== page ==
Overhaul and replacement requirements consist of components of the aircraft that are simply replaced at a certain time rather than simply inspected and returned to the aircraft. Many overhaul and replacement components also have periodic inspection requirements up to the time they are replaced, but in the end they are consumable or include consumable parts. An overhaul component for example will include pieces that are always replaced during the overhaul process as well as pieces that are thoroughly inspected (to a specified standard) and reassembled with the overhauled assembly prior to return to service. Replacement items are simply removed and replaced with new regardless of their condition. The engineers have determined that these components are subject to wear and tear that may not be obviously visible to the naked eye and that replacement or disassembly and overhaul are the only adequate means of ensuring the safe continued operation of the aircraft.
Airworthiness limitation is a specific term used in our industry to identify items whose overhaul or replacement is critical to the airworthiness of the aircraft. These items are specifically identified during the type certification process of the aircraft due to the critical nature of their purpose in the operation of the aircraft and are listed in a document specifically called an Airworthiness limitations listing. In most cases, little or no wear is acceptable and the replacement or in some cases overhaul, is critical.
We group service information and Airworthiness Directives together because they are very similar in nature. However, Airworthiness Directives are much more critical because they are literally regulations themselves. Both service information and Airworthiness Directives are issued to resolve some safety, quality, or configuration issue that has been found, generally after the type certification of the aircraft. Most commonly a specific problem is identified by issuance of a Service Bulletin by the aircraft manufacturer. When the problem is most critical in nature, the FAA will subsequently issue an Airworthiness Directive that echoes the Service Bulletin and in most cases refers directly to the Service Bulletin.
Weighing the inspection components
Those are the basic components of the aircraft inspection and maintenance program, now lets talk about the weight of each component. When we refer to “weight” what we are talking about is this. We are working in a regulated industry with specific guidelines that create levels of severity, or criticality when it comes to the components of an inspection program. Like it or not, some things simply matter more that others.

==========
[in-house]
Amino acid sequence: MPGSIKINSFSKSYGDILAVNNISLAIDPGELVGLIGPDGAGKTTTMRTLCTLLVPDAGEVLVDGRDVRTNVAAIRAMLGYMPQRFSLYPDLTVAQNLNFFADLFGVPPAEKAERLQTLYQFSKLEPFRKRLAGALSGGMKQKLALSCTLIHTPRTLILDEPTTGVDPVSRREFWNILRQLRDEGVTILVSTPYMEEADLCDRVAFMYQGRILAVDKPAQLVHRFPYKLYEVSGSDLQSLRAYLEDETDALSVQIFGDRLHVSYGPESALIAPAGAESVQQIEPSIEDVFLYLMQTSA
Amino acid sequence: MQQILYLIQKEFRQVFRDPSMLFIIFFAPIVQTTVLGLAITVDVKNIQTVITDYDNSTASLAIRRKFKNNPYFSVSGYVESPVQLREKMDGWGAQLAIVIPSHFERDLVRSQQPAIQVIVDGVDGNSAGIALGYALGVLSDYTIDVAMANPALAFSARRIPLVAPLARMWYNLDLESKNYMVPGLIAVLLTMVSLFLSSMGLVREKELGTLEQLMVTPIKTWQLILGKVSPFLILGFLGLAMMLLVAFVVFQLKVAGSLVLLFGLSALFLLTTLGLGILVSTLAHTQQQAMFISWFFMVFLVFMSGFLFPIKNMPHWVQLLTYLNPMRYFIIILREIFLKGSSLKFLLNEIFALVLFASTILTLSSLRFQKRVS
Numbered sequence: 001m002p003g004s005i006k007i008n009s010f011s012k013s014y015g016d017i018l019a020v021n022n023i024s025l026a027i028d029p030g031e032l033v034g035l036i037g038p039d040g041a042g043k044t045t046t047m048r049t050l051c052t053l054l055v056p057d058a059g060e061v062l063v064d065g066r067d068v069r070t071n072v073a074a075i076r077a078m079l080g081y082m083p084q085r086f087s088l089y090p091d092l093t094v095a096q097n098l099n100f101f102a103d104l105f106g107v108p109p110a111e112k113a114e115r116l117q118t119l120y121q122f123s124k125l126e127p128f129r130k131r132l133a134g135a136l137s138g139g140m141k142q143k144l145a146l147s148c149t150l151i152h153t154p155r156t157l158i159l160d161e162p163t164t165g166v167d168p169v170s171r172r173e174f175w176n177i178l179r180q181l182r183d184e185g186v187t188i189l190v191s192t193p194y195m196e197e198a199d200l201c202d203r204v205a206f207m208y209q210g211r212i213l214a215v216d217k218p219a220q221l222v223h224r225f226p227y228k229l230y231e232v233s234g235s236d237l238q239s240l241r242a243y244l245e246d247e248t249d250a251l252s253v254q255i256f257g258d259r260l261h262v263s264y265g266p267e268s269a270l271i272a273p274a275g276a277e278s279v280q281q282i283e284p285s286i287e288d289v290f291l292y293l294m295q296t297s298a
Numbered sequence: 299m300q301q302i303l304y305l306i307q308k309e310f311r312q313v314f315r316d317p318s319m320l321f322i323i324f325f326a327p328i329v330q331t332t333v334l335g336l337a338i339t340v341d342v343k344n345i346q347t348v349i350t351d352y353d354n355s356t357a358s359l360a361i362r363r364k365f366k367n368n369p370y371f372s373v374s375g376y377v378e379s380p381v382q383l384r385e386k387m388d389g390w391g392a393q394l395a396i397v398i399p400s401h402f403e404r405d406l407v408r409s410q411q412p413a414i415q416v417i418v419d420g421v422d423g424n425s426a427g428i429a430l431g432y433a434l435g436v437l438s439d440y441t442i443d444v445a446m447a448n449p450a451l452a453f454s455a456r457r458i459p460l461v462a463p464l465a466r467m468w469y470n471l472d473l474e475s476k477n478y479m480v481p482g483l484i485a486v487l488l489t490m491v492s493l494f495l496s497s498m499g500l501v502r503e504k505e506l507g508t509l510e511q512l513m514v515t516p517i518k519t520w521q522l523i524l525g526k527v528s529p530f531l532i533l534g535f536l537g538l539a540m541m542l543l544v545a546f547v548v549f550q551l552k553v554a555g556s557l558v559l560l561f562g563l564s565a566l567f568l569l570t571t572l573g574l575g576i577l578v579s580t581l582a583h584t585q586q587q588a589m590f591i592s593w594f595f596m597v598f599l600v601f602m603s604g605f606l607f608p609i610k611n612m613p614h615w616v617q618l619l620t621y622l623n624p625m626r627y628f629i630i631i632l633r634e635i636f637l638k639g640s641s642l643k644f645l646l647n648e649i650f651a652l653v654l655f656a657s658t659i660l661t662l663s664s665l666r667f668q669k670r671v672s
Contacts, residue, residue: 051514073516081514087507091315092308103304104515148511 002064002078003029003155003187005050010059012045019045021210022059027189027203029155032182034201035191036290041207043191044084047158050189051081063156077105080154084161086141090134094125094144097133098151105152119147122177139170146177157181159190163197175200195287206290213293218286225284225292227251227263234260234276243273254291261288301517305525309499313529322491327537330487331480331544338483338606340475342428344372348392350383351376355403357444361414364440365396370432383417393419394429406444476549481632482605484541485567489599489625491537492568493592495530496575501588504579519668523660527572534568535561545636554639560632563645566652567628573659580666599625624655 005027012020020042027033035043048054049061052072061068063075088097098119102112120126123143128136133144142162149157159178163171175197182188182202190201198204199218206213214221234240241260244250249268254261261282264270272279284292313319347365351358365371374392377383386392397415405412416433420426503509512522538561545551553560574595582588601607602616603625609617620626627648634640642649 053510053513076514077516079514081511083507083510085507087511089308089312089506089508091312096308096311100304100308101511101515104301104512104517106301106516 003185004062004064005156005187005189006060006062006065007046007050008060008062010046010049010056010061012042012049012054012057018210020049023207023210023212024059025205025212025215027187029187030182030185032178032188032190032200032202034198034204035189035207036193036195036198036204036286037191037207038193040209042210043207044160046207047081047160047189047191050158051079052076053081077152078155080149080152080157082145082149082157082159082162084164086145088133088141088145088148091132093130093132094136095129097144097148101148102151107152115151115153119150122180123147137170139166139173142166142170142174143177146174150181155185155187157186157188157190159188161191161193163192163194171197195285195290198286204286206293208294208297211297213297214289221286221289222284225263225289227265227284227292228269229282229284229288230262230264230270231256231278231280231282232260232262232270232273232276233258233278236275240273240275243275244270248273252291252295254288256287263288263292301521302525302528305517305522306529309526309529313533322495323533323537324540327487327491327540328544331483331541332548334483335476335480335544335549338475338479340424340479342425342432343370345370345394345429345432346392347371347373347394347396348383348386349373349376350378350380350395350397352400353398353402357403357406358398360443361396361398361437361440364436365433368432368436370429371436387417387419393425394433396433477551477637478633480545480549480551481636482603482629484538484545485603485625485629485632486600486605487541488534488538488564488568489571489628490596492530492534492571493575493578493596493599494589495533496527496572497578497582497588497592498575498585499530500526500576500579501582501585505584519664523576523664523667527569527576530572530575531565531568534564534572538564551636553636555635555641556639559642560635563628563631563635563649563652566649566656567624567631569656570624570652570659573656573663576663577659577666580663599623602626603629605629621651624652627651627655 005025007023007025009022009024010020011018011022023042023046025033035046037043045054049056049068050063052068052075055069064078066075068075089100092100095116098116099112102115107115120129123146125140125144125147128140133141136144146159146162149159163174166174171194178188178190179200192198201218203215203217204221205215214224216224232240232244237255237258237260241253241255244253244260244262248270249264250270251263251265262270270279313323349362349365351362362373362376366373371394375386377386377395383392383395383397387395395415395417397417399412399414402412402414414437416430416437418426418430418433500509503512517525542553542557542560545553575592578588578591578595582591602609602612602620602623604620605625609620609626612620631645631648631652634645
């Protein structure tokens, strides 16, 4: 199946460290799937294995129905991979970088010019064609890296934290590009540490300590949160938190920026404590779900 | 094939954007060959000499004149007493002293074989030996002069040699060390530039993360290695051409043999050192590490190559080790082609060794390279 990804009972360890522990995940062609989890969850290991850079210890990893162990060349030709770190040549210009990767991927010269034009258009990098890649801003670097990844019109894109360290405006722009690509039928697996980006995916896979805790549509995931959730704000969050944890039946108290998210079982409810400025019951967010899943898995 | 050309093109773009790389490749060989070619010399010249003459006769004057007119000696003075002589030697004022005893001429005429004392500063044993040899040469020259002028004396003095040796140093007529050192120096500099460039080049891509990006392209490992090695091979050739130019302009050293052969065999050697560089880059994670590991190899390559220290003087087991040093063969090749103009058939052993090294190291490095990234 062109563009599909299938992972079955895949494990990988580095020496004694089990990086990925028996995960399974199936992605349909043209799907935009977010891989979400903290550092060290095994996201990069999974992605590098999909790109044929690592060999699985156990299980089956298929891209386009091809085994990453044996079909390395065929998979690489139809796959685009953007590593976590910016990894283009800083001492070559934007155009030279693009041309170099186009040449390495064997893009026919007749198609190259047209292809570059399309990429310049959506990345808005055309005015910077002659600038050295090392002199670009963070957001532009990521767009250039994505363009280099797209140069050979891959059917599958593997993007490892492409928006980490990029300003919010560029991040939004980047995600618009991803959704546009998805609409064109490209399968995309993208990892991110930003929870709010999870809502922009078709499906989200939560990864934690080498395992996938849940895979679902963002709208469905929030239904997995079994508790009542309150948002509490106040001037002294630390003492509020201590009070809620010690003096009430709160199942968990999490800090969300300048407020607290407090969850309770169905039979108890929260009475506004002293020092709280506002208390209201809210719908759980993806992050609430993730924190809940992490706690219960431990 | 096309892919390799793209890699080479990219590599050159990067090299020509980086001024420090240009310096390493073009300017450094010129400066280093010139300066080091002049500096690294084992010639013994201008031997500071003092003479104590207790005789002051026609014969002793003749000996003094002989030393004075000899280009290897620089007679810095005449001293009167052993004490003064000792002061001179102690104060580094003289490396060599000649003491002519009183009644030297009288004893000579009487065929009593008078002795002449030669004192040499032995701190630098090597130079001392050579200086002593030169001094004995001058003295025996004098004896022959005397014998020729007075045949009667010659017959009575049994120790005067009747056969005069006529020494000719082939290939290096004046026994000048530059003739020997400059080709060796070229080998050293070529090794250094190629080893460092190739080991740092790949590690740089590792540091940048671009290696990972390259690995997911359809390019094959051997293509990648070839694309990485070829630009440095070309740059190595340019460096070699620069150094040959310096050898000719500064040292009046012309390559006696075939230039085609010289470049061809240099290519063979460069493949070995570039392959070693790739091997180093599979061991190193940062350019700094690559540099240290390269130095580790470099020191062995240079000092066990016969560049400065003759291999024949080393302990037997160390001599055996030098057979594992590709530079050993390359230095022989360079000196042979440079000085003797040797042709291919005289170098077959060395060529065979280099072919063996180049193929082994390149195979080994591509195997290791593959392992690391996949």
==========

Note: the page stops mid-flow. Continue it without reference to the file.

Part 91.409 (e) requires that the aircraft be inspected as outlined in the inspection program regardless of whether the inspection program is the one specifically recommended by the manufacturer or one submitted by the owner operator to the FAA and approved. The rule tells us to inspect the aircraft in accordance with that program and correct discrepancies found or it is not airworthy. As most of us know, that inspection program can consist of hundreds and sometimes thousands of specific items. Because that aircraft must be inspected in order to maintain its airworthy status, inspection items carry the same weight as the regulation itself.
Lubrication and servicing requirements are not specifically called out by the regulation and therefore carry a little less weight than inspections. We have discussed several times the fact that the inspection program includes lubrication and servicing references.
Some are of the mindset that simply because the lubrication or servicing requirement is included in the inspection program it carries the weight of the inspection program. Not so. FAA Order 8300.10 specifically addresses this issue in an effort to eliminate the confusion.
Obviously we must properly lubricate and service the aircraft, the idea here is that when a scheduled lubrication requirement comes due ahead of an inspection, we have the latitude to wait until the aircraft is down for the inspection to accomplish the lubrication.
Similarly, the overhaul and replacement items are not considered inspections and can be scheduled to coincide with the next inspection. When the manufacturer considers an overhaul or replacement item as critical, it simply calls it an Airworthiness limitation. Again, looking at Part 91.409 (e) we see that the term inspection is used specifically and that the regulation also calls out Airworthiness limitations specifically. This is not to say that we don’t need to overhaul or replace items that the manufacturer suggests. Again, we believe they are listed because the component is subject to wear that may not be visible to the naked eye. If that is the case, not replacing these components or not overhauling them as scheduled could be cause for concern as an inspector. But we do have a little latitude here for scheduling the aircraft down.
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